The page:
Sacred fact, profane data
There’s 200ml of water in this glass. Whether the glass is half-full or half-empty is now entirely up for grabs by commentators, depending on how optimistic they are. But there is consensus around the 200ml. The value of comment and opinion has always been to interpret facts, to find new ways of looking at them, and to open our minds to different ways of seeing the world. For comment to have this liberating power, we need to agree on fact. When we don’t, comment has little utility beyond cheerleading and rabble-rousing.
The promise of the data revolution was manna from heaven for commentators. Armed with irrefutable fact, we were in a position to comment on areas where we’d barely caught a glimpse of reality. Facebook could show us what people were really talking about, how many of them, where they lived, what they thought about climate change. Google Trends could offer us instant access to the world’s concerns and tell us whether privacy really matters. Clever geolocation could show us the migration of the Rohingyas.
News reporters, too, enjoyed the power of this technology. Data-driven technology predicted election outcomes more accurately than weary survey techniques. The Guardian was able to show, beyond any doubt, the type and location of casualties caused by 16,000 IED attacks in its Afghanistan War Logs.
As WikiLeaks showed us, holding power to account is much easier when technology enables us to scrape every Freedom of Information request at the touch of a button; when every citizen armed with a mobile phone is, essentially, a new source; when the truth is only a tweet or two away. Secrets were rapidly becoming a thing of the past.
For commentators, the rewards were richer still. Visualisation enabled us to comment on the rapidity of climate change with breathtaking power; twitter feeds let our audience talk back to us at scale, creating a true dialogue; and page views showed us whether our audience was really engaging with us. We could even A/B test different headlines to see how our audience wanted to read a story, tweaking copy at the touch of a button.
The utopian vision was that comment would rise to power, helping people around the world to understand, interpret, and speak to each other around a single version of the truth. Together, we would make sense of an increasingly complex world.
Then the bubble burst.
We’ve woken up to the fact that, like all valuable assets, data is subject to theft and misuse. Industry makes a great deal of money by capturing and using people’s data, but it didn’t take much for that data to be transferred to Cambridge Analytica or, probably, any number of state-sponsored Russian data laboratories. This has, of course, escalated to the point of regulatory intervention, with the introduction of the GDPR. Beyond crime, however, there are actually three “design flaws” inherent in all data-led activity, from marketing to journalism to policy development.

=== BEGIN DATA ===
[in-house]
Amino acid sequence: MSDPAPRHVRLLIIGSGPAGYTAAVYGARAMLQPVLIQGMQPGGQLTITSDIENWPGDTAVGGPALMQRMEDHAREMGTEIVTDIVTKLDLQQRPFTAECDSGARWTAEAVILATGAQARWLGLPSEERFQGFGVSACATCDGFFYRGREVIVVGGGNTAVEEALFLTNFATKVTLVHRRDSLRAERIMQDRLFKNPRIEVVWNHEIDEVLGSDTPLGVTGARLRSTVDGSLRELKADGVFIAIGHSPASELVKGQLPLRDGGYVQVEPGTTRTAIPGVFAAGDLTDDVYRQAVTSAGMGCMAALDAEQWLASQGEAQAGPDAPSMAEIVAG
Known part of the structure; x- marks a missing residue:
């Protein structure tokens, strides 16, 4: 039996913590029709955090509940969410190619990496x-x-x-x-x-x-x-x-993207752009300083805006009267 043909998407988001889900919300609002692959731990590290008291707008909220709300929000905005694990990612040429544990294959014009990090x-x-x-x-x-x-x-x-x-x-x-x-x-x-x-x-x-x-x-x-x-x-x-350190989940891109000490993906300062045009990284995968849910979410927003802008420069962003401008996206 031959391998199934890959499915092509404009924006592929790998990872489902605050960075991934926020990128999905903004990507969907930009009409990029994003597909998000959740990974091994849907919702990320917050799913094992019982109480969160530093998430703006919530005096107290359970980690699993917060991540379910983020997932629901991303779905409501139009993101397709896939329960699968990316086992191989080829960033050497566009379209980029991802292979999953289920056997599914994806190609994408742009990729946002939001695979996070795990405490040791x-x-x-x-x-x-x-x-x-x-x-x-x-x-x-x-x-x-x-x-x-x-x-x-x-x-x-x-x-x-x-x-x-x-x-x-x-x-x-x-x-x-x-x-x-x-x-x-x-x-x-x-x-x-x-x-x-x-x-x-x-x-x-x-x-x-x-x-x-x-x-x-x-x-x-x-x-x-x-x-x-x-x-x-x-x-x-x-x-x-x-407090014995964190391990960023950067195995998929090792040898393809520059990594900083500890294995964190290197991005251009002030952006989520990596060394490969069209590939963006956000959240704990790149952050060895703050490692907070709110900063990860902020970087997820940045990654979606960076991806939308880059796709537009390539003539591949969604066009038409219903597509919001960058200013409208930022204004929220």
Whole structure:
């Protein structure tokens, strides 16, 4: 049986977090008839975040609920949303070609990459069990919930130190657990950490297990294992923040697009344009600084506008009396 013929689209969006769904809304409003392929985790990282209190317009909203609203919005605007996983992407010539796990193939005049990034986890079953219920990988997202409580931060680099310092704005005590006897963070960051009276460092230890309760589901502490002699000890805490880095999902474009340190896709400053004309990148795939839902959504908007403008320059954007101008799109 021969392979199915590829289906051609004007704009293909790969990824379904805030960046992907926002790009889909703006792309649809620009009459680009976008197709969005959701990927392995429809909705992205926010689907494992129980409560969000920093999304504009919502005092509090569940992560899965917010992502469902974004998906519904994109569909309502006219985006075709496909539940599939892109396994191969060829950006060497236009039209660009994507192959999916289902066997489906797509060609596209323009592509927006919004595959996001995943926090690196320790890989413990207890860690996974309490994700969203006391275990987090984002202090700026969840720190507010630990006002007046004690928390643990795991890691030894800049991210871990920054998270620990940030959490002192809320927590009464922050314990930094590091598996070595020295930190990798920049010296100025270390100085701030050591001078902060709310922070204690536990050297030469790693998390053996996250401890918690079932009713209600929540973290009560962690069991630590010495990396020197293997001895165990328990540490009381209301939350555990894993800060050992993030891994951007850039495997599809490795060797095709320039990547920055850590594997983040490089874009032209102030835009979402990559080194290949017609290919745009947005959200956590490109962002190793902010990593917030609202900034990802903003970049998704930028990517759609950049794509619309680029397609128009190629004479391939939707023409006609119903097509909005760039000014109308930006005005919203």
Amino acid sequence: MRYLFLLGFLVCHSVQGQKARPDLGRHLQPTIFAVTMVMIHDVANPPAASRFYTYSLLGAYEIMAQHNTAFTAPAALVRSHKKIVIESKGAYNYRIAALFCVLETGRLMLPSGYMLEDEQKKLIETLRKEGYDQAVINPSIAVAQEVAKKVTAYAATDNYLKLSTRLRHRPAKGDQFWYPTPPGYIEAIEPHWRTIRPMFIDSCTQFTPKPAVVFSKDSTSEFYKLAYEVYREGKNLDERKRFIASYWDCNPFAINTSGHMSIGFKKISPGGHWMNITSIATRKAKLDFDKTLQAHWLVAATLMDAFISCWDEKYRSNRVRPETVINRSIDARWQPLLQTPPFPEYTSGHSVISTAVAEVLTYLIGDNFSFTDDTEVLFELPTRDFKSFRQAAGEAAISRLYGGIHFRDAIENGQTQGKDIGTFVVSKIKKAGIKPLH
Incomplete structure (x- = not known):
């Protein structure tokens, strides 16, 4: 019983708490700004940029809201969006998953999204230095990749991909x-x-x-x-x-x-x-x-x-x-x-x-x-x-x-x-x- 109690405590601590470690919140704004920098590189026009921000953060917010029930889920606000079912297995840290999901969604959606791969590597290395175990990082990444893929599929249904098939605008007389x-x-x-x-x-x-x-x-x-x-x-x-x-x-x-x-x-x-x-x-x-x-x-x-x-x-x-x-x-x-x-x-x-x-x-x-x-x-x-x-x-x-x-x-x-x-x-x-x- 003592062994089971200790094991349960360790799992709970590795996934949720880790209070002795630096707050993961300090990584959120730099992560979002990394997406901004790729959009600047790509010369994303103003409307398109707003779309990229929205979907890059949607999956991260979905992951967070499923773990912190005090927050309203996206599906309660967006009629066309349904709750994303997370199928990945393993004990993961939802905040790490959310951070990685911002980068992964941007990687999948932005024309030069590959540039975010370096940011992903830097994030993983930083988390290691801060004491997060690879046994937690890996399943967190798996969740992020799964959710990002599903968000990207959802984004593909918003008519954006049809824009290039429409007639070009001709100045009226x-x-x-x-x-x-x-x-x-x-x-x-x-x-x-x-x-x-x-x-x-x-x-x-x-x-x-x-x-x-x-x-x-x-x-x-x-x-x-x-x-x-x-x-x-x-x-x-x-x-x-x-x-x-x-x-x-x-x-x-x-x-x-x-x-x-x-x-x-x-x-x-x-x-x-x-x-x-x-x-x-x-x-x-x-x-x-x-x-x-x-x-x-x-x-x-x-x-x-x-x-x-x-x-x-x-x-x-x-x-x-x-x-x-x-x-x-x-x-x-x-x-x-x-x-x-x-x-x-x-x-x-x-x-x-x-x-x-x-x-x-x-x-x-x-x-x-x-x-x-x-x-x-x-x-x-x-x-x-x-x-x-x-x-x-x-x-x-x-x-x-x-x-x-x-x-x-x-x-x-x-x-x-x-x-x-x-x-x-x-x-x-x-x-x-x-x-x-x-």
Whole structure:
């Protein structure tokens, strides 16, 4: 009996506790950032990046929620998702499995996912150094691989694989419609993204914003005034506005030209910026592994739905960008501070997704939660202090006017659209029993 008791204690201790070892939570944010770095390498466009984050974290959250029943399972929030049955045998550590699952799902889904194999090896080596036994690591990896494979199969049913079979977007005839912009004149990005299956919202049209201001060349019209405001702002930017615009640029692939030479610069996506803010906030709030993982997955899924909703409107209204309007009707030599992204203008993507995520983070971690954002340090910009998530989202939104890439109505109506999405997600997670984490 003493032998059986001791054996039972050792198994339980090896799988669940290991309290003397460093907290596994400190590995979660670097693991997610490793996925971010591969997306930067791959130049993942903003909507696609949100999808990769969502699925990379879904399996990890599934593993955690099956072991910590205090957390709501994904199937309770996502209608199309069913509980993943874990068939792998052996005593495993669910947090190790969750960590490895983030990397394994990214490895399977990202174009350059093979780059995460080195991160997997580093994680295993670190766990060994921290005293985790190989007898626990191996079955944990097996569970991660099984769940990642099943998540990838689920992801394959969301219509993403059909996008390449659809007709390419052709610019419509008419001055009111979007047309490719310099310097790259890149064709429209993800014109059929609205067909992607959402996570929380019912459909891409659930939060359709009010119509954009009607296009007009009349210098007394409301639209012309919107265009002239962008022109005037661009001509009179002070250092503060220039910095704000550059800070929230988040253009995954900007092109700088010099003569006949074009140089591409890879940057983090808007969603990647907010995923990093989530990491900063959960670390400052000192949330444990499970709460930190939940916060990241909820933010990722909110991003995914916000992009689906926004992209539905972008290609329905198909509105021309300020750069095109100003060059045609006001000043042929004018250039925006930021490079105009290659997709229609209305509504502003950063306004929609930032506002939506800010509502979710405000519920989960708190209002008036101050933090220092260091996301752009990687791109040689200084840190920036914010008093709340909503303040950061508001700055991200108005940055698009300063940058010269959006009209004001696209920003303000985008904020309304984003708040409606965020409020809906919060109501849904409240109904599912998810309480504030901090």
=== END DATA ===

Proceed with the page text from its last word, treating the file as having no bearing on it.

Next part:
First, the algorithms which power data-led activity are necessarily driven by one thing: response. At the most simplistic level, I will only see things which the algorithm knows I like. While this kind of optimization drives efficiency in business, it creates echo chambers in the public space. We inhabit ever-tighter social networks in which we only hear the opinions of those we agree with. These networks have become a breeding ground for “alternative facts”, destroying the ideal that data is able to create a single version of the truth. For comment and opinion, this is life-threatening: in the social space, we don’t have a truth we agree on and we don’t have the ability to influence people’s perceptions.
The second “design flaw” in digital data is that it is purely behavioural. We only see what people do, not why they do it. Why is the most powerful word in the commentator’s lexicon. The facts are there; we seek to make sense of them by understanding why they have come to be, and what might result. Brexit is a useful case in point. Data has told us everything about who Brexiteers and Remainers are, but it has given us no insight into their motivations. We could talk about class, but then we have Jacob Rees Mogg. We could talk about the North, but then we have Kent. To get to motivations, we’ve had to do things the old fashioned way: listen, understand, interpret. It took David Goodhart to identify “Somewheres” and “Anywheres”, not an algorithm.
The final “design flaw” in data is that it does the opposite of comment by fixating on the short-term. Data is structured to please people right now. It’ll give them the Amazon recommendations and Facebook stories they want right now. It isn’t generally structured to think about what they might want or need in the longer-term. By contrast, commentators generally take a single piece of news and use it as a way of opening up a longer-term discussion. From a single story about pay, an entire social conversation around the gender pay gap arises. From a single murder, terms such as “institutional racism” come into existence and continue to be debated twenty-five years later.
Data has not delivered on our ideal of a single version of the truth, which we can then interpret and help people to understand. We need to be careful about what we’re asking the data to do for us. If we’re fact-checking or scraping records, we’re on pretty safe ground. If we’re looking for the insight and human truths on which comment is based, it’s dangerous to rely on data. It’s back to what has always made us valuable: listening, interpreting, and narrating.